Self-recognizing and stimulus-responsive carrier-free metal-coordinated nanotheranostics for magnetic resonance/photoacoustic/fluorescence imaging-guided synergistic photo-chemotherapy†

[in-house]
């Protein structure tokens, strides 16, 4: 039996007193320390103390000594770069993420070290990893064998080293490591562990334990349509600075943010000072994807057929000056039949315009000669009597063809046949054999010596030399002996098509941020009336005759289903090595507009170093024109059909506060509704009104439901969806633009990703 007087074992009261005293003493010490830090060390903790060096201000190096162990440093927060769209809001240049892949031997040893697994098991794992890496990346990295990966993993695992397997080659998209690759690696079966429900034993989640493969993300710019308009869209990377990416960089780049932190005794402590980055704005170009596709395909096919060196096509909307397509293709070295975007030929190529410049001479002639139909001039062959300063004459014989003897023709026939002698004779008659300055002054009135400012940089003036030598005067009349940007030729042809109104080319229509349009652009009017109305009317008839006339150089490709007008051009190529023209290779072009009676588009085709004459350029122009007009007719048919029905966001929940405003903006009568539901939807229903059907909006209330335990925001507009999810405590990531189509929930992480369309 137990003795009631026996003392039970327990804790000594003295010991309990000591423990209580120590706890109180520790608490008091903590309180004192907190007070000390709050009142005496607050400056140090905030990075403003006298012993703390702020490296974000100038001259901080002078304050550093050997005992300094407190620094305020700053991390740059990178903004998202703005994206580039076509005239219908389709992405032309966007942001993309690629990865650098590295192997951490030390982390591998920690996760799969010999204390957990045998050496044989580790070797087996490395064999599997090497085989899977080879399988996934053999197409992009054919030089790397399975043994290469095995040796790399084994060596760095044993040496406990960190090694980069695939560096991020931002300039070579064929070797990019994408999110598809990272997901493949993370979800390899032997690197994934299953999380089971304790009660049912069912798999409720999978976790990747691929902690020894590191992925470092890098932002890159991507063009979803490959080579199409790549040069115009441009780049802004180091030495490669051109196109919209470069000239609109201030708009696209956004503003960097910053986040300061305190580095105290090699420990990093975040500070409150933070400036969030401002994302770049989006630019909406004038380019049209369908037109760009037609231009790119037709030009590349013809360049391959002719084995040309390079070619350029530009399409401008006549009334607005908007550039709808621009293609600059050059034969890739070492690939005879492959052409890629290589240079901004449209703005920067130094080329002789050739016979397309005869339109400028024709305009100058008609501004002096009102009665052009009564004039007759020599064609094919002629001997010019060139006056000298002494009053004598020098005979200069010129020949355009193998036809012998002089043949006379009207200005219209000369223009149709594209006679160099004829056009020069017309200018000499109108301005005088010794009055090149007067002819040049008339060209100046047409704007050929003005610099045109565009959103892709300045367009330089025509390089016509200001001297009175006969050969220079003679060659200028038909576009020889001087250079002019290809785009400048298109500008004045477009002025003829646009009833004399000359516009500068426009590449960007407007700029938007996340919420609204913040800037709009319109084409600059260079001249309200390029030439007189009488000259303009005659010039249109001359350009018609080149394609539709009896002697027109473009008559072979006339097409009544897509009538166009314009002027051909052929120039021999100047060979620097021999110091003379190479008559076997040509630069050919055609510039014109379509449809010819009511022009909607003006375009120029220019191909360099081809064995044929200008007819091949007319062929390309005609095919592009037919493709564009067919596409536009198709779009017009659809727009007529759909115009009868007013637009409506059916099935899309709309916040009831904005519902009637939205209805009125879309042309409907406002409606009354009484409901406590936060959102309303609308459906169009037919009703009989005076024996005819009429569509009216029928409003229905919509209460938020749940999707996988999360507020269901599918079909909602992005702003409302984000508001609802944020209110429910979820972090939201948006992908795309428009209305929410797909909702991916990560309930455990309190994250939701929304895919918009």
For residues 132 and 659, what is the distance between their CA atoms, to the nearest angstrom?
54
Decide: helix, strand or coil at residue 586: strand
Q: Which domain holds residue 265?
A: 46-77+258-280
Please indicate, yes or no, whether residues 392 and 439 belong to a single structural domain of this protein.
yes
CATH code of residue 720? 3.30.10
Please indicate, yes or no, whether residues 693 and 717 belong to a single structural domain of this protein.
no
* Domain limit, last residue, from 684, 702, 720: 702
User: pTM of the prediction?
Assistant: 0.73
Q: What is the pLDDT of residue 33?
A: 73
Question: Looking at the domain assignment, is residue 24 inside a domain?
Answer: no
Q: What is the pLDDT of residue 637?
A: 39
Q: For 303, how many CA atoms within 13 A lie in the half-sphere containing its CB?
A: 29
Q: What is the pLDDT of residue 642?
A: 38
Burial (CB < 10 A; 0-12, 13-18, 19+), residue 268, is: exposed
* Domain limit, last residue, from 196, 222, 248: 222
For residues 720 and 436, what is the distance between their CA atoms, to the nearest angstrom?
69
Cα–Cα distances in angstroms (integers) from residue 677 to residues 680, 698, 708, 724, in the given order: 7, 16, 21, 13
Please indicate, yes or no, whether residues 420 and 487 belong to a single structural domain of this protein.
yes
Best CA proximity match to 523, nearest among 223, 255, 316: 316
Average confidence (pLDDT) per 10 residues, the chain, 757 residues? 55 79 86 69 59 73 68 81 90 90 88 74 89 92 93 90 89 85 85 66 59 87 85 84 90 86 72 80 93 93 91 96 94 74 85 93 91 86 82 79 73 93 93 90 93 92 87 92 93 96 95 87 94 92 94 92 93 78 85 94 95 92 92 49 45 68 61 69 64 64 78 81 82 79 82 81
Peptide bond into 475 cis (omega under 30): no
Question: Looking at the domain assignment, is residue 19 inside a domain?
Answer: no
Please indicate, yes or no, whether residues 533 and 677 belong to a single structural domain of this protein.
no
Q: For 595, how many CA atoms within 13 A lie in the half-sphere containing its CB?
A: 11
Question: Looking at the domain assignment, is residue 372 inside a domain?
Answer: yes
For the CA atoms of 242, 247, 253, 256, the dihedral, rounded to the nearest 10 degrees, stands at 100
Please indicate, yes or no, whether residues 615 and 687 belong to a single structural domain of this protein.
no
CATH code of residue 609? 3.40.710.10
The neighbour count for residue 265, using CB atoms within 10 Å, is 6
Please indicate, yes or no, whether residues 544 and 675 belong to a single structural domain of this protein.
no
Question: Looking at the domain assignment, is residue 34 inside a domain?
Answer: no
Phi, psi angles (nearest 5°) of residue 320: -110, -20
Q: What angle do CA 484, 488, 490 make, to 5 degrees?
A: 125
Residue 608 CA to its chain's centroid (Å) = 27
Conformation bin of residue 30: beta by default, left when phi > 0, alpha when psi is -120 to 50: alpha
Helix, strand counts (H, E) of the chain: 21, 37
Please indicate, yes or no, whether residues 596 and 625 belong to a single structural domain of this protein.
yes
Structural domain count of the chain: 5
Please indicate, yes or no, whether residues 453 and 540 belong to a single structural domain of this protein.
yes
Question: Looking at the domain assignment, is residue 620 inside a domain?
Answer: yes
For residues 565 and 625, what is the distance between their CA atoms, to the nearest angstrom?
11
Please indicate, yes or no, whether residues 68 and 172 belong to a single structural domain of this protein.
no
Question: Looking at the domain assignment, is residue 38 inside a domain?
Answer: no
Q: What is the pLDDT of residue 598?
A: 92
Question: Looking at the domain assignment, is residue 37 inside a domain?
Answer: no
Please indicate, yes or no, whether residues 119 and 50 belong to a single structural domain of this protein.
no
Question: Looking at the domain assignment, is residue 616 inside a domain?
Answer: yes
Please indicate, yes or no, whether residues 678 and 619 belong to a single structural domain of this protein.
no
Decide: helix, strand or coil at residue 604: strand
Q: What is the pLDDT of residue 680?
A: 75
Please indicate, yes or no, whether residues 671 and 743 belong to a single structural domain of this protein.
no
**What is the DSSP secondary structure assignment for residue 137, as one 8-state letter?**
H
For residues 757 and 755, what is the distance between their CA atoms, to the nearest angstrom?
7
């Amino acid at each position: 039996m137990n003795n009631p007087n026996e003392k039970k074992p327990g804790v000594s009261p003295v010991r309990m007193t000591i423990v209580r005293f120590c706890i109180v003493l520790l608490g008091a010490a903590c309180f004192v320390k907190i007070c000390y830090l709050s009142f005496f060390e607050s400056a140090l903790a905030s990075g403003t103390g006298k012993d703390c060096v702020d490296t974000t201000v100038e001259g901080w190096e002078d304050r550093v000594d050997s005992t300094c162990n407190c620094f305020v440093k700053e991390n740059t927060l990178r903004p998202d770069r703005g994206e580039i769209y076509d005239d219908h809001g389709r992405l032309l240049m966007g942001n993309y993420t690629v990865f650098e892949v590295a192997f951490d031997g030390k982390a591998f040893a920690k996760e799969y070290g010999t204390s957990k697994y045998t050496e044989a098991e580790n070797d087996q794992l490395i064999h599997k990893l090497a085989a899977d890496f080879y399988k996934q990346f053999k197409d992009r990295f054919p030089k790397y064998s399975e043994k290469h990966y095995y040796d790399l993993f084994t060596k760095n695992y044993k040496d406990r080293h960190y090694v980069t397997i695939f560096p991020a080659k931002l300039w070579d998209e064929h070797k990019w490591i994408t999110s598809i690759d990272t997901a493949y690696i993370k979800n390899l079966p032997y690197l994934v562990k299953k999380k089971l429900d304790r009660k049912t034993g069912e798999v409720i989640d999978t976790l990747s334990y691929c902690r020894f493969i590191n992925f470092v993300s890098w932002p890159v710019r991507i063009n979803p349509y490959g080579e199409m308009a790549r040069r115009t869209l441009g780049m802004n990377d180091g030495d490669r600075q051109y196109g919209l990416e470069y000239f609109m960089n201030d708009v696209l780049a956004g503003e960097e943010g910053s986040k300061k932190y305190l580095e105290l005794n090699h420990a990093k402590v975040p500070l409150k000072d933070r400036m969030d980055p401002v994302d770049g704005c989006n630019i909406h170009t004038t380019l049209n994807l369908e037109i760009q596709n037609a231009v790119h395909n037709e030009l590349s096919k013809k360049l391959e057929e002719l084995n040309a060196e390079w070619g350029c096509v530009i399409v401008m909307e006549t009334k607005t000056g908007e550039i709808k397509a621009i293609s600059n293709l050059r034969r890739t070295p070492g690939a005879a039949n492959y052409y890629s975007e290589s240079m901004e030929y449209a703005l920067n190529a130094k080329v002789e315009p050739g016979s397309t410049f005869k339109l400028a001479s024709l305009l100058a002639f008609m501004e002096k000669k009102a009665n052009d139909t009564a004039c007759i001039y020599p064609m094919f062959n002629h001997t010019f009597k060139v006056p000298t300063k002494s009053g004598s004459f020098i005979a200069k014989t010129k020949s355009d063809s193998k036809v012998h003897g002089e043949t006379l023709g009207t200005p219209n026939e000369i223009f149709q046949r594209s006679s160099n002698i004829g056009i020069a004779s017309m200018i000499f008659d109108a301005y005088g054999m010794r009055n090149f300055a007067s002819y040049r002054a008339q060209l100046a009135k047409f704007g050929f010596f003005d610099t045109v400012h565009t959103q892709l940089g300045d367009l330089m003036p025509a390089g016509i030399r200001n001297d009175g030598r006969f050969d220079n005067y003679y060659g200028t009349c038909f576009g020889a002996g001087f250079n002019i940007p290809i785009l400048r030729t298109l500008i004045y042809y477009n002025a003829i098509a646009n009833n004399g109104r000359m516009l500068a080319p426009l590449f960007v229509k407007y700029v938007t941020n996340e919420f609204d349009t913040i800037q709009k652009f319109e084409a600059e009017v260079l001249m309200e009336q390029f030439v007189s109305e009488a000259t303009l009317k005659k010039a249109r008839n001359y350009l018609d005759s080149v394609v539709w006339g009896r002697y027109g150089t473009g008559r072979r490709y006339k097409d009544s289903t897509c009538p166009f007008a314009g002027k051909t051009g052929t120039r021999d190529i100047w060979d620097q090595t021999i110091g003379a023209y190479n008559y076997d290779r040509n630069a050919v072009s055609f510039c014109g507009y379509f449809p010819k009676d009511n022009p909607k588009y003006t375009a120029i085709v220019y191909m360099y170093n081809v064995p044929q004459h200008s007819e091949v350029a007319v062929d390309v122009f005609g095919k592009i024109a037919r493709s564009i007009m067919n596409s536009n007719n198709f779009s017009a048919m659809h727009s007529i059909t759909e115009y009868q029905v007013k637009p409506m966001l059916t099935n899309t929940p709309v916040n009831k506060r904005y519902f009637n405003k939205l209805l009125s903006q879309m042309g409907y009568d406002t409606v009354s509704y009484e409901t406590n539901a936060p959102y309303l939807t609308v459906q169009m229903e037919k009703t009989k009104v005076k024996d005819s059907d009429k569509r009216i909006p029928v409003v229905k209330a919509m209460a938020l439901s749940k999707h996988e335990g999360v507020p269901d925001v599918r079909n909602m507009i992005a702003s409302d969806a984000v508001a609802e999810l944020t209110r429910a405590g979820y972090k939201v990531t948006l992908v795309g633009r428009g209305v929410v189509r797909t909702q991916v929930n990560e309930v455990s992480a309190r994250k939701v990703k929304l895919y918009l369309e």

Carrier-free nanotheranostics directly assembled by using clinically used photosensitizers and chemotherapeutic drugs are a promising alternative to tumor theranostics. However, the weak interaction-driven assembly still suffers from low structural stability against disintegration, lack of targeting specificity, and poor stimulus-responsive property. Moreover, almost all exogenous ligands possess no therapeutic effect. Enlightened by the concept of metal–organic frameworks, we developed a novel self-recognizing metal-coordinated nanotheranostic agent by the coordination-driven co-assembly of photosensitizer indocyanine green (ICG) and chemo-drug methotrexate (MTX, also served as a specific “targeting ligand” towards folate receptors), in which ferric (FeIII) ions acted as a bridge to tightly associate ICG with MTX. Such carrier-free metal-coordinated nanotheranostics with high dual-drug payload (∼94 wt%) not only possessed excellent structural and physiological stability, but also exhibited prolonged blood circulation. In addition, the nanotheranostics could achieve the targeted on-demand drug release by both stimuli of internal lysosomal acidity and external near-infrared laser. More importantly, the nanotheranostics could self-recognize the cancer cells and selectively target the tumors, and therefore they decreased toxicity to normal tissues and organs. Consequently, the nanotheranostics showed strongly synergistic potency for tumor photo-chemotherapy under the precise guidance of magnetic resonance/photoacoustic/fluorescence imaging, thereby achieving highly effective tumor curing efficiency. Considering that ICG and bi-functional MTX are approved by the Food and Drug Administration, and FeIII ions have high biosafety, the self-recognizing and stimulus-responsive carrier-free metal-coordinated nanotheranostics may hold potential applications in tumor theranostics.